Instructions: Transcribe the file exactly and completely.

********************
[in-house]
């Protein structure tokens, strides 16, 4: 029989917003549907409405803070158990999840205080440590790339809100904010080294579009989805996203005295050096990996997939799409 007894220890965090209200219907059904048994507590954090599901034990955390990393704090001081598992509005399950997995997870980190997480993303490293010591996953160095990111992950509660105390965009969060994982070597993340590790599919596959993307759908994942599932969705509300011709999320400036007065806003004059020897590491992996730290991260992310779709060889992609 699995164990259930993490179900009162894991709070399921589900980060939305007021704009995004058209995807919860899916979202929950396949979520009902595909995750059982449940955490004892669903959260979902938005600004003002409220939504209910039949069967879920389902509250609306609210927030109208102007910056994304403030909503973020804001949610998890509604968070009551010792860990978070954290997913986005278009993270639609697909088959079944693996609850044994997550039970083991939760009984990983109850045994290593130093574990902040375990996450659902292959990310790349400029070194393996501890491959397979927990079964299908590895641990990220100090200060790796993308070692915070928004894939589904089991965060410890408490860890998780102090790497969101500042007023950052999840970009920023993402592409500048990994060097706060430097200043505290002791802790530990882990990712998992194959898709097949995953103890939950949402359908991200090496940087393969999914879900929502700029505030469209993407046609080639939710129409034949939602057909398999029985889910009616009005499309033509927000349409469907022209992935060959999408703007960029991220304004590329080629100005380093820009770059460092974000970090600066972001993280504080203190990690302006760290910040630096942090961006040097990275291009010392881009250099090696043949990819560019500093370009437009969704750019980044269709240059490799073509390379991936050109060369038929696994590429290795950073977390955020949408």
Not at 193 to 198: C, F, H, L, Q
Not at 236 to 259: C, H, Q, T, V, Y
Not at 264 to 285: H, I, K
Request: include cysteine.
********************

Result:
[in-house]
């Protein structure tokens, strides 16, 4: 029989917003549907409405803070158990999840205080440590790339809100904010080294579009989805996203005295050096990996997939799409 007894220890965090209200219907059904048994507590954090599901034990955390990393704090001081598992509005399950997995997870980190997480993303490293010591996953160095990111992950509660105390965009969060994982070597993340590790599919596959993307759908994942599932969705509300011709999320400036007065806003004059020897590491992996730290991260992310779709060889992609 699995164990259930993490179900009162894991709070399921589900980060939305007021704009995004058209995807919860899916979202929950396949979520009902595909995750059982449940955490004892669903959260979902938005600004003002409220939504209910039949069967879920389902509250609306609210927030109208102007910056994304403030909503973020804001949610998890509604968070009551010792860990978070954290997913986005278009993270639609697909088959079944693996609850044994997550039970083991939760009984990983109850045994290593130093574990902040375990996450659902292959990310790349400029070194393996501890491959397979927990079964299908590895641990990220100090200060790796993308070692915070928004894939589904089991965060410890408490860890998780102090790497969101500042007023950052999840970009920023993402592409500048990994060097706060430097200043505290002791802790530990882990990712998992194959898709097949995953103890939950949402359908991200090496940087393969999914879900929502700029505030469209993407046609080639939710129409034949939602057909398999029985889910009616009005499309033509927000349409469907022209992935060959999408703007960029991220304004590329080629100005380093820009770059460092974000970090600066972001993280504080203190990690302006760290910040630096942090961006040097990275291009010392881009250099090696043949990819560019500093370009437009969704750019980044269709240059490799073509390379991936050109060369038929696994590429290795950073977390955020949408």
Not at 193 to 198: C, F, H, L, Q
Not at 236 to 259: C, H, Q, T, V, Y
Not at 264 to 285: H, I, K
Request: include cysteine.